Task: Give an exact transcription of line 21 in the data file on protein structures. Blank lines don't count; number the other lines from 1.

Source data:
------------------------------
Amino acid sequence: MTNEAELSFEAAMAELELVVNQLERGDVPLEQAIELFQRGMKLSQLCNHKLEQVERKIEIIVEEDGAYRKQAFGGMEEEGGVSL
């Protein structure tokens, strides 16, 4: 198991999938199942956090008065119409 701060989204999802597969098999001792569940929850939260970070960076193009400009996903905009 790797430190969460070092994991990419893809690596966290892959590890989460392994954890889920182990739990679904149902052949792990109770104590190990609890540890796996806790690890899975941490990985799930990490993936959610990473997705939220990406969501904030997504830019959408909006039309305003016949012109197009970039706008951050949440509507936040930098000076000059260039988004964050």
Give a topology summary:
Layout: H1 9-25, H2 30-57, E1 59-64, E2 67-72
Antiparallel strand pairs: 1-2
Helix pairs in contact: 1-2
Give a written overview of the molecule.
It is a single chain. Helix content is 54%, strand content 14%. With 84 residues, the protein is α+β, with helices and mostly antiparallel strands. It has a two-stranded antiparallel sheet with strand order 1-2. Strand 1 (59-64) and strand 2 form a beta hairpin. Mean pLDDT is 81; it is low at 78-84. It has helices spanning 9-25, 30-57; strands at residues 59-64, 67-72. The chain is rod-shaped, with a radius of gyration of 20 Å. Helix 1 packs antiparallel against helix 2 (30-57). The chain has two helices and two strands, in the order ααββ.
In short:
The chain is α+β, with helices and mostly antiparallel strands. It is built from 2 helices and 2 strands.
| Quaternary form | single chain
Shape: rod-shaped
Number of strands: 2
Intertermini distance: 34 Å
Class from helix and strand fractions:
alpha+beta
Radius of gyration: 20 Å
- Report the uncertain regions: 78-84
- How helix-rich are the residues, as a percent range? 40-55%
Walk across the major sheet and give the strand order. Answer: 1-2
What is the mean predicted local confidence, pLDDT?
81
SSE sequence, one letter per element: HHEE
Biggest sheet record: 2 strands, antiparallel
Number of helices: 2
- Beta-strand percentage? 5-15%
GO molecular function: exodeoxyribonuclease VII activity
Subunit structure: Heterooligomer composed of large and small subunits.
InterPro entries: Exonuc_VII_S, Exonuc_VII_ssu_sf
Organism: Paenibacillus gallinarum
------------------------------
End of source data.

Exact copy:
What is the mean predicted local confidence, pLDDT?